When working with SIMD intrinsics, it helps to have a thorough understanding of computer memory. In this post, I hope to shed some light on a really simple but essential operation to figure out if memory is aligned at a 16 byte boundary.

When writing an SSE algorithm loop that transforms or uses an array, one would start by making sure the data is aligned on a 16 byte boundary. If not, a single “warmup pass” of the algorithm is usually performed to prepare for the main loop. Many programmers use a variant of the following line to find out if the array pointer is adequately aligned.

if (((intptr_t)array_pointer & 0xF) != 0) {

    /* unaligned pre-pass */

}

So what is happening? I will use theoretical 8 bit pointers to explain the operation. Lets illustrate using pointers to the addresses 16 (0x10) and 92 (0x5C). 92 being unaligned.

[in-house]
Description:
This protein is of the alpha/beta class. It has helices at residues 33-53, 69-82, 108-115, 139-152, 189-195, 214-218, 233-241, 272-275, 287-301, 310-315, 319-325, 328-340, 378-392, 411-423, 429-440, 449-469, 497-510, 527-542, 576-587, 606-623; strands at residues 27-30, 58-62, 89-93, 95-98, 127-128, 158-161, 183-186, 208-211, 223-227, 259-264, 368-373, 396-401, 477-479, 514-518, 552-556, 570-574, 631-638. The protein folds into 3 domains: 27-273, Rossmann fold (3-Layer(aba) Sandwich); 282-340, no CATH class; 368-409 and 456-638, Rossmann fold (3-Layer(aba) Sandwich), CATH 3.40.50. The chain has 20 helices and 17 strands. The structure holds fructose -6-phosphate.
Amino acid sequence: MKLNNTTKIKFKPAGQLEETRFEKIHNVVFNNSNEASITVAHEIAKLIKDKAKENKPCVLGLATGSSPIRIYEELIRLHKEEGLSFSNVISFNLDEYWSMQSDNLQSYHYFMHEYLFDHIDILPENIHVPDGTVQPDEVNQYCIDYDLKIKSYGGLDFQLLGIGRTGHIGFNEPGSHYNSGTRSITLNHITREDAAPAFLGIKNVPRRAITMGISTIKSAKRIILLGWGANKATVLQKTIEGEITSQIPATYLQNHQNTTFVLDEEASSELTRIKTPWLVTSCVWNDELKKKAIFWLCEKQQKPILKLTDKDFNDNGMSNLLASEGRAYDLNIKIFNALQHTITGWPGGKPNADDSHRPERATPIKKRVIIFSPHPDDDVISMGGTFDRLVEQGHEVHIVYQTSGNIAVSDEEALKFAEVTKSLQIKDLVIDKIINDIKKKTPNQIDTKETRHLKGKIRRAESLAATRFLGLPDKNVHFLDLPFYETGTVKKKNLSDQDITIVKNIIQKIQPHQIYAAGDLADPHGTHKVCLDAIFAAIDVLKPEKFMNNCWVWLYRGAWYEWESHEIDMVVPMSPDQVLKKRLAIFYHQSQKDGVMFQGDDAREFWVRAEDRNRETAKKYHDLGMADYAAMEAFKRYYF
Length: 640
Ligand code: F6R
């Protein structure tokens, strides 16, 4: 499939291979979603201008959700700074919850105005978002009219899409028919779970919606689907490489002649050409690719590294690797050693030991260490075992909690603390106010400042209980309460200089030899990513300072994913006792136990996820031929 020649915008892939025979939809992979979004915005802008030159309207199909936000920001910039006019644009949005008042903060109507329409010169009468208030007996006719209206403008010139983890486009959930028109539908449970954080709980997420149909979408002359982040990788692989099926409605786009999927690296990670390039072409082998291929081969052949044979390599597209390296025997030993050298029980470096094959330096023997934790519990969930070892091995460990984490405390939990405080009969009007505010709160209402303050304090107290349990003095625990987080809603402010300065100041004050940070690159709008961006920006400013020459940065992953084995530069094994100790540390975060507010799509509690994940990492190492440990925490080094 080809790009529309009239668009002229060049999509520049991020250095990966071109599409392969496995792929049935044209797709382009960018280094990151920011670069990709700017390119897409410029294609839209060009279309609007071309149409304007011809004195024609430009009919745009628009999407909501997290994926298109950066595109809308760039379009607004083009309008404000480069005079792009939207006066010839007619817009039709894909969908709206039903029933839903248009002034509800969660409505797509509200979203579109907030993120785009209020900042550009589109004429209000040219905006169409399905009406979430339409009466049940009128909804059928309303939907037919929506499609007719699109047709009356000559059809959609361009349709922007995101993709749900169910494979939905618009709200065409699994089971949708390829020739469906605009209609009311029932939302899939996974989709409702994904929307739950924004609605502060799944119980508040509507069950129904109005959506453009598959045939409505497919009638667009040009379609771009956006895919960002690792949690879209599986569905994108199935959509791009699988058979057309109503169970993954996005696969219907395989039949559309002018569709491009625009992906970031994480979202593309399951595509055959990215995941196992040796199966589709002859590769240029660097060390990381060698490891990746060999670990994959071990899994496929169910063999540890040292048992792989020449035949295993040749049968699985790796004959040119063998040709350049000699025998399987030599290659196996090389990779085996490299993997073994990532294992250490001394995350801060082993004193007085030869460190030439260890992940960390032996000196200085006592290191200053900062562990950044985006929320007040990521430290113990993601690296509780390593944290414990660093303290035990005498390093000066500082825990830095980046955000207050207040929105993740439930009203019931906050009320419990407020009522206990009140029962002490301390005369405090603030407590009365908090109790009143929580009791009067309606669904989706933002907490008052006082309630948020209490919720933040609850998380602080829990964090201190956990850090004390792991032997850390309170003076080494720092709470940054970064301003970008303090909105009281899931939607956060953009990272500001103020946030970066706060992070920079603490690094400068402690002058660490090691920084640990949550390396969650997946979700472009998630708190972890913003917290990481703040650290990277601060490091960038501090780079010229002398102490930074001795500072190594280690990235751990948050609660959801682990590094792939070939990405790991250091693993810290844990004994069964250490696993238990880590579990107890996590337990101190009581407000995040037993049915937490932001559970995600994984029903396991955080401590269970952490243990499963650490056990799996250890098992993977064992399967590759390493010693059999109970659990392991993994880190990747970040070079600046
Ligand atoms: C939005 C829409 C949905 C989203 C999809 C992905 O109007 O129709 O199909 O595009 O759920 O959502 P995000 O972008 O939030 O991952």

16          92
0001 0000 | 0101 1100

We first cast the pointer to a intptr_t (the debate is up whether one should use uintptr_t instead). This allows us to use bitwise operations on the pointer itself.

Next, we bitwise multiply the address with 15 (0xF). This operation masks the higher bits of the memory address, except the last 4, like so.

16          92
0001 0000 | 0101 1100
0000 1111 | 0000 1111  & 0xF
---------------------
0000 0000   0000 1100  Mask undesired portion of memory address.

What remains is the lower 4 bits of our memory address. If the address is 16 byte aligned, these must be zero.

16_multiples
Notice the lower 4 bits are always 0.

The cryptic if statement now becomes very clear and intuitive. We simply mask the upper portion of the address, and check if the lower 4 bits are zero. If they aren’t, the address isn’t 16 byte aligned and we need to pre-heat our SIMD loop.

Good day.

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